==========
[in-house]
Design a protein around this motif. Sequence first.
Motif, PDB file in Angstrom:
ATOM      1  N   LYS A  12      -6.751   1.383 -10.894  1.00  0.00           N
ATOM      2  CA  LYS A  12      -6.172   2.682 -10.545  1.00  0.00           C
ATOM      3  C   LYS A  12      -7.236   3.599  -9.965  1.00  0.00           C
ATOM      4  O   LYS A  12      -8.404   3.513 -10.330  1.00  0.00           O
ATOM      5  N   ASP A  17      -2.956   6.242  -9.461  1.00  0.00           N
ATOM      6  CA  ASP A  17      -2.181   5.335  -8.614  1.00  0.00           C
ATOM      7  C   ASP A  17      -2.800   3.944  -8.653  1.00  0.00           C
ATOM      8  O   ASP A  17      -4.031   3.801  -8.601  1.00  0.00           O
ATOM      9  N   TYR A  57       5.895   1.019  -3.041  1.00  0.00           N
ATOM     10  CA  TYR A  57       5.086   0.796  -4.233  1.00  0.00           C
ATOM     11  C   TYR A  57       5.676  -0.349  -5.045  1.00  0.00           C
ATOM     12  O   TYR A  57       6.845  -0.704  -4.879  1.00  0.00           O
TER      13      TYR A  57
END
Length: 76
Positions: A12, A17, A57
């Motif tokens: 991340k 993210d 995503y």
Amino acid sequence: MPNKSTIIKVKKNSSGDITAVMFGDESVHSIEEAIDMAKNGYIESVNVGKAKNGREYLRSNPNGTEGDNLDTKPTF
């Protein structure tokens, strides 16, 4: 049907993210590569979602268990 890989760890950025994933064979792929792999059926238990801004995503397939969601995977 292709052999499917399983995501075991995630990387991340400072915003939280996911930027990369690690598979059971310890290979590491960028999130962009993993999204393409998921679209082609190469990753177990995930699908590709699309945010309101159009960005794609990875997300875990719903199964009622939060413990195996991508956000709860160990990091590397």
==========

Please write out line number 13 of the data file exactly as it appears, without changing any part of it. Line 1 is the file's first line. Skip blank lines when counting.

ATOM     10  CA  TYR A  57       5.086   0.796  -4.233  1.00  0.00           C